Those who have read a number of the monthly posts that delve deeper into the characters in each of my books already know that the first of these posts started way back in February. But what’s true about these characters is that there are so many of them, with interlocking little relationships over the (now 10!) books, that discussing just a few of them is like scratching the surface of one of those gift cards where you peel off the silver to see the redemption code. But—well, if you’ve ever owned a gift card and I have to say they are one of my favorite things—after all that scratching you find something you really want to see!
Anyway, the two characters highlighted for Victoria: A Tale of Spain today are the protagonist, this brave young girl who’s sort of a classic heroine in a picturesque setting like 1600s Spain. And of course the villain, King Felipe, who is set against her, and who grew from the idea of a similar character in “Millhaven Castle.” Like Lord Timson, he summons a girl to his castle to protect his throne and plans to set her up. And like Lord Timson he has his work cut out for him.
Victoria is the next-to-youngest of 6 daughters of a Spanish duke. It’s a family very, very much full of girls under the semi-watchful eye of their parents. One sister has run off to get married and the oldest sister kind of has a supervisory position at times. So it’s a bit reminiscent of Pride and Prejudice in terms of the family dynamic and this dynamic is extremely important to Victoria. It's her family that’s in danger and she’s the one who ends up finding a solution. She’s an innocent, spunky girl who proves pretty resourceful when this situation opens up in front of her.
King Felipe is the villain with a 100% chance of failure. And what’s fun about him is that he’s like a real person who's quite insecure. He’s not particularly handsome or interesting although he was born in high circles of life and he’s actually very aware of it. His hysteria over some long-buried factoid about the throne comes from his lack of confidence as a person and whether he deserves what he has. He’s also bad at scheming—fortunately for Victoria and her sisters. But he’s a really funny character and makes the plot zip along once he shows up halfway through.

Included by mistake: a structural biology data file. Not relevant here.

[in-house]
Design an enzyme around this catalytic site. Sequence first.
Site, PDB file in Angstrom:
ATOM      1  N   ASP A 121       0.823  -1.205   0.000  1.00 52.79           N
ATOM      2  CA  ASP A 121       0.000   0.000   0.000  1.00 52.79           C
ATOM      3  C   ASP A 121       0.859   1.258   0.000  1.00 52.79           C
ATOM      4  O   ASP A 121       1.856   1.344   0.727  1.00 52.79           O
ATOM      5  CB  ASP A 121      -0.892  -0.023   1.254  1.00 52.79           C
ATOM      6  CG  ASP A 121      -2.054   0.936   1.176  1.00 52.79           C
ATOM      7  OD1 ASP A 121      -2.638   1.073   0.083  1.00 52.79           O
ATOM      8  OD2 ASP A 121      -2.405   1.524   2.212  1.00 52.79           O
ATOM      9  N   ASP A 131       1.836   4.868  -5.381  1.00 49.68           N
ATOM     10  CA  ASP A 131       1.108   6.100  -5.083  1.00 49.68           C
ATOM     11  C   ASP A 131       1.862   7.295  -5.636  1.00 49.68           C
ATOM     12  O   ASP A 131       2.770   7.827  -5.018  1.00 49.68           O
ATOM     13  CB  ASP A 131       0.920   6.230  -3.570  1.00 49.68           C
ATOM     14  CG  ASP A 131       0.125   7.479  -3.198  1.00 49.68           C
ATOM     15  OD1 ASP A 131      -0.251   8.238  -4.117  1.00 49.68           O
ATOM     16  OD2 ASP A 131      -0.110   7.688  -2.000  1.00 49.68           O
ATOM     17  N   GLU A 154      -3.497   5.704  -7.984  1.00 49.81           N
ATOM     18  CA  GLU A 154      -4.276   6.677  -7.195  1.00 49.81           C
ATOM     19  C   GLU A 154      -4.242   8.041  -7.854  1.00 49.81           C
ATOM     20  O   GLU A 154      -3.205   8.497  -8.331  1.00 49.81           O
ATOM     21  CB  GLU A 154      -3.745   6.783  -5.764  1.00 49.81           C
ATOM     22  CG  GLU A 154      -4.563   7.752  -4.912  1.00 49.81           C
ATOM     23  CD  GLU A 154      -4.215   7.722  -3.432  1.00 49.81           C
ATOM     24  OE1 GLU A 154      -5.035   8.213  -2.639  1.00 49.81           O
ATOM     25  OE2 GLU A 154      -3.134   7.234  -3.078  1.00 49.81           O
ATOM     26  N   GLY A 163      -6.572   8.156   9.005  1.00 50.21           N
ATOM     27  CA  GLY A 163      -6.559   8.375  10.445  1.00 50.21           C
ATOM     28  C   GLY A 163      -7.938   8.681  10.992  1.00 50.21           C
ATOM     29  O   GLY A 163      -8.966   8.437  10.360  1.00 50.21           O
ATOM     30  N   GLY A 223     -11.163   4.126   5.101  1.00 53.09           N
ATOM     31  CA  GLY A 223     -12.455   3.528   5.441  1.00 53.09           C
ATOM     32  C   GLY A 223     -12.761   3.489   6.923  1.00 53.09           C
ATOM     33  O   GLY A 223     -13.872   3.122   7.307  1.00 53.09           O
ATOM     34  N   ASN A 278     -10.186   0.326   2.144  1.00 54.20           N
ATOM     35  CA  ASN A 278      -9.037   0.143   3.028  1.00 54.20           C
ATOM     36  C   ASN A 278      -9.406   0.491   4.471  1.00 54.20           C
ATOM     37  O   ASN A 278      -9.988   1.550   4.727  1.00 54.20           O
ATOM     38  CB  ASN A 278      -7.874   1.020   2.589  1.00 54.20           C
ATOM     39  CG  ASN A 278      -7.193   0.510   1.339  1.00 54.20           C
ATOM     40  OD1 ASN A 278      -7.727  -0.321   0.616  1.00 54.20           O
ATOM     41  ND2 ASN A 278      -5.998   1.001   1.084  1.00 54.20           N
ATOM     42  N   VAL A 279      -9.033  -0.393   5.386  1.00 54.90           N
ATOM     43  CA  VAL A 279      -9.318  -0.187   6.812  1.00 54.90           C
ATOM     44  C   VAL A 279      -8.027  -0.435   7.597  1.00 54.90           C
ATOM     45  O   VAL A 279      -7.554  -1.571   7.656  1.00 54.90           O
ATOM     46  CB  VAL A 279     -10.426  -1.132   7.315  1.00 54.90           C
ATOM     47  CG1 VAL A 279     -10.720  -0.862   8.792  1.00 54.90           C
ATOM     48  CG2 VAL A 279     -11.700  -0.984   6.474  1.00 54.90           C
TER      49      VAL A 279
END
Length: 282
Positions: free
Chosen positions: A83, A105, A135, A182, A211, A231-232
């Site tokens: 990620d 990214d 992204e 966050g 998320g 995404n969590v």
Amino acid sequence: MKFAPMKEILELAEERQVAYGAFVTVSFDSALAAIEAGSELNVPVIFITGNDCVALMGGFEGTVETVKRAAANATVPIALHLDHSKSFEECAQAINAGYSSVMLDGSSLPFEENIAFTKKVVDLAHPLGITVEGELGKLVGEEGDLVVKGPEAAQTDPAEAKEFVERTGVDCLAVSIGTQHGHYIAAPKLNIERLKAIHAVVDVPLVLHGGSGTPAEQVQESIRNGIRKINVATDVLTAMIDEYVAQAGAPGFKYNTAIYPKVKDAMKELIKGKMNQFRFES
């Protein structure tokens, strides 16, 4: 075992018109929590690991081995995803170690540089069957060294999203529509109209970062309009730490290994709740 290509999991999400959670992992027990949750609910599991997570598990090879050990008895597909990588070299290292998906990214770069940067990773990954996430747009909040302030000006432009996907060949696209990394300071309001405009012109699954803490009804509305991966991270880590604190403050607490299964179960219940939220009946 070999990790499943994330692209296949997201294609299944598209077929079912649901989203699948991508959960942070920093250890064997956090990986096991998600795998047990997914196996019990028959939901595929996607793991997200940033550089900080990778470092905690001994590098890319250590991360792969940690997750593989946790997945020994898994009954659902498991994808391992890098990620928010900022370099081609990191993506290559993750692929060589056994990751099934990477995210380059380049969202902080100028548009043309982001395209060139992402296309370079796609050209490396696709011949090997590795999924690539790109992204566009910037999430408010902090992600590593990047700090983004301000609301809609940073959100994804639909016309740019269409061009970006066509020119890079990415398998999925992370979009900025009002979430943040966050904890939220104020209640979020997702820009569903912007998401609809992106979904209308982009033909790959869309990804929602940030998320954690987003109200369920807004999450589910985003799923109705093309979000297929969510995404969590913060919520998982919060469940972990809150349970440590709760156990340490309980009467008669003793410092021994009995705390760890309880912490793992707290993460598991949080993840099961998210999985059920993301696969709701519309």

And there will be more updates.
This Merry Summertime was published just a couple of months ago, but in some ways it’s an older book because most of the stories in it are between 6 and 8 years old. I call it my “missing piece,” for two reasons: It rounds out my publications to an even 10; and it finalizes everything I’ve made public, in whatever form, into a formal publication. The stories in this anthology were aired briefly on my blog once upon a time, but I got busy with other things and it was years before I knew these missing pieces were just as much a part of my writing as the ones that had been in print for a long time.
And that being the case, they should be given a paperback, a share of attention, and a list of Five Central Characters that bring focus to This Merry Summertime:
Queen Arangiphaten is a comedy character, a legendary Egyptian mummy who has resurrected, and at times a very ordinary woman. She’s all star power, royal swagger, and haughty dignity—plus she’s quite adept at harnessing moonlight into cheesy lightning. But behind her efforts to protect her ancient monument from vampires and American teenagers, she is a woman who just wants to spend time with the man she was married to for a thousand years.
Count Rousillion, also known as Bertram, is a man who astounds with his inattention to reality. "In the End the Story Ended" is a retelling of one of Shakespeare’s lesser-known plays and Bertram is based on the hero. He is unable to rise to the occasion. No matter what the occasion is, and no matter how much we’d like to sympathize with him as he is hounded by a creep—Bertram seems incompetent at living life.
Mr. Marcus Stone is the director of a children’s movie that has spun off from a popular TV series. Fussy, strict, and usually angry, he is not pleased at all when twins Hal and Hetty accidentally crash his movie more than once. Since they’re not in school, they got mixed up with his actors instead and while Mr. Stone doesn’t hesitate to express his displeasure, he keeps running into their family. Every time he believes it will be the last time, but it never is.
Nora Ashford is an attractive young actress in Regency England. "The Destiny of Princes" imitates vintage-era historical films, with elaborate costumes and descriptions of silly, over-the-top acting, so Nora’s demeanor is part vintage, part Regency and all swoon, creating a myriad of stagy poses, hysterical sobbing, and melodramatic situations as she tries to impress smug, fastidious Beau Brummel while the Prince Regent and his minions pursue her.
Mrs. Dimwit is a confidential friend of the Heroine in "A Matter of Life and Hair." Contrary to what her name suggests, she's actually very astute. But as a woman in later middle age living in a slightly-pretty western town, she enjoys her life very much. She is unambitious and feels she’s exactly where she wants to be, so she can be gently insensitive to the feelings of others and surprise them with statements that are tactless or odd. This occasional thoughtlessness contributes to the comedy, but she is respected by everyone, especially by the Heroine--who never hesitates to take her advice.
And there will be more updates.
Author of Science Fiction, General Fiction, Historical Fiction, and Anthology Fiction
Always looking to better my craft.
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